Jump to ContentJump to Main Navigation
Growing up in Diverse SocietiesThe Integration of the Children of Immigrants in England, Germany, the Netherlands, and Sweden$
Users without a subscription are not able to see the full content.

Frank Kalter, Jan O. Jonsson, Frank van Tubergen, and Anthony Heath

Print publication date: 2018

Print ISBN-13: 9780197266373

Published to British Academy Scholarship Online: May 2019

DOI: 10.5871/bacad/9780197266373.001.0001

Show Summary Details
Page of

PRINTED FROM BRITISH ACADEMY SCHOLARSHIP ONLINE (www.britishacademy.universitypressscholarship.com). (c) Copyright British Academy, 2019. All Rights Reserved. An individual user may print out a PDF of a single chapter of a monograph in BASO for personal use.date: 18 August 2019

Reconsidering the Immigration–Crime Nexus in Europe: Ethnic Differences in Juvenile Delinquency

Reconsidering the Immigration–Crime Nexus in Europe: Ethnic Differences in Juvenile Delinquency

Chapter:
(p.335) 13 Reconsidering the Immigration–Crime Nexus in Europe: Ethnic Differences in Juvenile Delinquency
Source:
Growing up in Diverse Societies
Author(s):

Clemens Kroneberg

Publisher:
British Academy
DOI:10.5871/bacad/9780197266373.003.0013

This chapter examines inter-ethnic differences in juvenile delinquency in the four CILS4EU countries. I employ a finer-grained and more comparable breakdown by generational status and ethnic origin than previous research. Although in some countries certain generations and groups exhibit greater prevalence rates, there is no general pattern of intergenerational differences and most group differences are statistically insignificant. The most consistent finding is the greater prevalence of high offending among minority boys in all four countries. With the exception of England, this pattern is largely due to differences in students’ self-control, moral beliefs and routine activities. Finally, I examine how language use and majority-group friendships relate to delinquency among minority students. Results show that in all countries having more majority-group friends tends to be associated with lower rates of delinquency. This casts into doubt the idea that minority students’ integration into native peer cultures puts them at risk.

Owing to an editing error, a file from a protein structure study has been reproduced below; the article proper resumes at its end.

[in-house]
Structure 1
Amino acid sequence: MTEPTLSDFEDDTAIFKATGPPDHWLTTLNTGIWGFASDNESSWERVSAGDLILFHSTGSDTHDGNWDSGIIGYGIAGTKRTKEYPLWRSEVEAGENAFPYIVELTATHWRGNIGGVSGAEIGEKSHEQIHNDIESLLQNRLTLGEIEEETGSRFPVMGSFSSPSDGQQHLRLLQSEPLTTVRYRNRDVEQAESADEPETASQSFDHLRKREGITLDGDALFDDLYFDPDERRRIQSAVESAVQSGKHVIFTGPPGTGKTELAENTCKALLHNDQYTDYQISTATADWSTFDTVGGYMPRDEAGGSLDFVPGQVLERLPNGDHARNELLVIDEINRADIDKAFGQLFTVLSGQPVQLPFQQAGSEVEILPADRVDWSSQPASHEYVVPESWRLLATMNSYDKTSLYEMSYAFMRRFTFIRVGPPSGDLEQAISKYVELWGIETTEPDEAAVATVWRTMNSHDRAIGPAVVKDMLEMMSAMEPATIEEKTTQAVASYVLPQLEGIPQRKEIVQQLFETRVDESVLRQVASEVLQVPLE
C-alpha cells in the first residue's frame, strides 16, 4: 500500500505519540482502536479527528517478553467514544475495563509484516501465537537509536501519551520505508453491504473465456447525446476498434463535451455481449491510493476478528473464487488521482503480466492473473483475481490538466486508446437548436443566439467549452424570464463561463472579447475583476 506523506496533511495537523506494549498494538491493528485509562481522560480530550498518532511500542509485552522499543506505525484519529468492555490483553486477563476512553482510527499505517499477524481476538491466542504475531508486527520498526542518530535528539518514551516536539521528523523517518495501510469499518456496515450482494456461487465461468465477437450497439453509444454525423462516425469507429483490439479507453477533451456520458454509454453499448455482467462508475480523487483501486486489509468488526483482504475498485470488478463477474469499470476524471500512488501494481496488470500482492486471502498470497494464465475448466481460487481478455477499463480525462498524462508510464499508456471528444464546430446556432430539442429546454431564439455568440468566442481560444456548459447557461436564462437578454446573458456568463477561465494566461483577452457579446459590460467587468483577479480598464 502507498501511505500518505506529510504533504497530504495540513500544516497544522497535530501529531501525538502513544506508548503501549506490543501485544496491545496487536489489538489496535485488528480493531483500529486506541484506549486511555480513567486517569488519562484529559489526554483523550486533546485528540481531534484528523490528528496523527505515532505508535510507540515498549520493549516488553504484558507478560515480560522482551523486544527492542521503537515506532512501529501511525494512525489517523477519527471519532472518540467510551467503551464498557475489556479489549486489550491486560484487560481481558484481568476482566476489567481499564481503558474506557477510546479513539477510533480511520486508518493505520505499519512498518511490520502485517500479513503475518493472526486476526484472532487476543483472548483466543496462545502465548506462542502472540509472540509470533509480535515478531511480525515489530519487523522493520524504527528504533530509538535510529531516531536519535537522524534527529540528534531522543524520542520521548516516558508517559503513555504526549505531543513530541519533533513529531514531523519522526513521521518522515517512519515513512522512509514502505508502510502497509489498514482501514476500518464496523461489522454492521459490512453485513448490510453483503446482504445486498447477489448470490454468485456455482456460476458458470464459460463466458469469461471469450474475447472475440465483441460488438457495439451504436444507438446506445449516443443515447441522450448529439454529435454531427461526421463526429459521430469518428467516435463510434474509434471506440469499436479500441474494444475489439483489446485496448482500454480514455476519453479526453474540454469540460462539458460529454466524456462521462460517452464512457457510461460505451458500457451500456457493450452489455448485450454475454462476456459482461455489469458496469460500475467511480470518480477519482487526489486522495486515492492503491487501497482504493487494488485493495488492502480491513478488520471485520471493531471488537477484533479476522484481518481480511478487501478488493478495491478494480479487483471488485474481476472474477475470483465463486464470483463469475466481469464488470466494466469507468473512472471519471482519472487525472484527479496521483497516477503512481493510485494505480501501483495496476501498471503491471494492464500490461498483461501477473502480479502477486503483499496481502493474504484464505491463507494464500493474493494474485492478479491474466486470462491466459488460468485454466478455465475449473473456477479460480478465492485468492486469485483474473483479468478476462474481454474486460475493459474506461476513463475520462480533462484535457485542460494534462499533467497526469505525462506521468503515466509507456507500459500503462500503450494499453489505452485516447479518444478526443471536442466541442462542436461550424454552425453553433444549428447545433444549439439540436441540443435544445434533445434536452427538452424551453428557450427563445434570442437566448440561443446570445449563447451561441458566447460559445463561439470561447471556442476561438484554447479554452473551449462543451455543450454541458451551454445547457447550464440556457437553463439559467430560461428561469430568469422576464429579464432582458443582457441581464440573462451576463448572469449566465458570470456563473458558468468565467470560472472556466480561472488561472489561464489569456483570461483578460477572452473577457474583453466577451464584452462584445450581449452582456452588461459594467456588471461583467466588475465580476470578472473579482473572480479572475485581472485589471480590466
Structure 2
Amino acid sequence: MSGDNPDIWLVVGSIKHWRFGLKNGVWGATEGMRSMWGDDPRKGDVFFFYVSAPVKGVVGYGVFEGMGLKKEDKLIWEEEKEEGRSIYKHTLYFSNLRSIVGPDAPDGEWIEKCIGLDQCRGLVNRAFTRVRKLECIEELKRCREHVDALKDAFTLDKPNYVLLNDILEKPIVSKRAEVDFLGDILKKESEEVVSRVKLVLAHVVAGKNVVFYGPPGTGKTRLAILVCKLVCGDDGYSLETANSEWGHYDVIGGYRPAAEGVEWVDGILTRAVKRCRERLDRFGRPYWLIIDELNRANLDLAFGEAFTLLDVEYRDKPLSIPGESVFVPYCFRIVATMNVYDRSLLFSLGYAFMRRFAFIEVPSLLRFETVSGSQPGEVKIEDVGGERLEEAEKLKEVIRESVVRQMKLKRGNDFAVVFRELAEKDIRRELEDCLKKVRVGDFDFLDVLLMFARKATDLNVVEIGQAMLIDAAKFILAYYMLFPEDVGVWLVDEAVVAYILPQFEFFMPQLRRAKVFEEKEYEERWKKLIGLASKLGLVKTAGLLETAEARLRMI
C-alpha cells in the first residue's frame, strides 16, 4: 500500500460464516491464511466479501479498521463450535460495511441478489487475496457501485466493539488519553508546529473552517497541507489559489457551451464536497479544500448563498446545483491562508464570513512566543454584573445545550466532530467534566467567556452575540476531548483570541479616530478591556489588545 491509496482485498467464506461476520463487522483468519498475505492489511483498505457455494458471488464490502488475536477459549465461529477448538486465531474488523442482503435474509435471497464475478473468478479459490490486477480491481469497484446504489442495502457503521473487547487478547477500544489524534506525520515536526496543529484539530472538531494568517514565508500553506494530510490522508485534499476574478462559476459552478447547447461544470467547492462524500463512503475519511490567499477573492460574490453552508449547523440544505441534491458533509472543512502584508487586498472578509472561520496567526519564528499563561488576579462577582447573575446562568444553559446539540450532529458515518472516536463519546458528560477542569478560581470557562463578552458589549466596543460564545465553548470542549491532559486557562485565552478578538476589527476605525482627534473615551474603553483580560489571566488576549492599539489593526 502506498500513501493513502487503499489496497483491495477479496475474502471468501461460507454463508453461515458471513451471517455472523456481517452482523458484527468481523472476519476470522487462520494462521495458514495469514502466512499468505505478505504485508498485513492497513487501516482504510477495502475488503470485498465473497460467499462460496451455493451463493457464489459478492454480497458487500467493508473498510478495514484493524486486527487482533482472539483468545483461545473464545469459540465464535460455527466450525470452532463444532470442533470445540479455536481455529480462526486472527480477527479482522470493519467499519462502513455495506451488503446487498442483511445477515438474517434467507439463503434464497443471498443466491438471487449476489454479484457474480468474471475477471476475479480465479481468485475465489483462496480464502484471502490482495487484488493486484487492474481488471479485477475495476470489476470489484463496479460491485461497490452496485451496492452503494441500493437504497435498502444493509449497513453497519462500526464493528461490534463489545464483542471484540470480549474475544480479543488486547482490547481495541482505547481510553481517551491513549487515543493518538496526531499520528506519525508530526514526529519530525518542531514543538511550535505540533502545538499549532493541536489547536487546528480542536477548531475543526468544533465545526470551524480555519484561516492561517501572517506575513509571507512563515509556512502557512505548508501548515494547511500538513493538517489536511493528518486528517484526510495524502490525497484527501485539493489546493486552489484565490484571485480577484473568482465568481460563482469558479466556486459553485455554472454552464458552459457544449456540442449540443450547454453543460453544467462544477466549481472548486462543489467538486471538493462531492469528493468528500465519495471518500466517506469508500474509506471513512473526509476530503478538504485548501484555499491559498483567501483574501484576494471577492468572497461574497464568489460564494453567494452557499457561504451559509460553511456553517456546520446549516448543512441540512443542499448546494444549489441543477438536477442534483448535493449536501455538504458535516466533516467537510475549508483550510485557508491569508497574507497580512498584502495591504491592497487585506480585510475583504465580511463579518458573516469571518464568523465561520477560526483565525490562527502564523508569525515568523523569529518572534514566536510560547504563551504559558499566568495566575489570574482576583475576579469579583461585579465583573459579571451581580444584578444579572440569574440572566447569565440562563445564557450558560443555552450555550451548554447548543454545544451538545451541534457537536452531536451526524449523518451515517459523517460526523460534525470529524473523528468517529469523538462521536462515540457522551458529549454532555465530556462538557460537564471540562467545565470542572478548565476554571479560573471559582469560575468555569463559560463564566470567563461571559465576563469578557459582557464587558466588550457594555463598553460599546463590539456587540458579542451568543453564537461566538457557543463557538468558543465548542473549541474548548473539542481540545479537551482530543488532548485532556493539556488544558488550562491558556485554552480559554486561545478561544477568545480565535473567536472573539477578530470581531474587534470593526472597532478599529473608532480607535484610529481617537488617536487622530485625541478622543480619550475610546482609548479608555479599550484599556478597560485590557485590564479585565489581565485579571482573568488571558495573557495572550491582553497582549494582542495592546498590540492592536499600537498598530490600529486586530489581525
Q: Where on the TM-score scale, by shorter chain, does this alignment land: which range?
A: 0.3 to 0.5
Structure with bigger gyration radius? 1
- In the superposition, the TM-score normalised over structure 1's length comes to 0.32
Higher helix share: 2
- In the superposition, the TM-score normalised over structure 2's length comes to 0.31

Keywords:   crime, delinquency, Europe, generational differences, ethnic disparities, segmented assimilation, selective acculturation, causes of the causes, situational action theory, routine activities

British Academy Scholarship Online requires a subscription or purchase to access the full text of books within the service. Public users can however freely search the site and view the abstracts and keywords for each book and chapter.

Please, subscribe or login to access full text content.

If you think you should have access to this title, please contact your librarian.

To troubleshoot, please check our FAQs , and if you can't find the answer there, please contact us.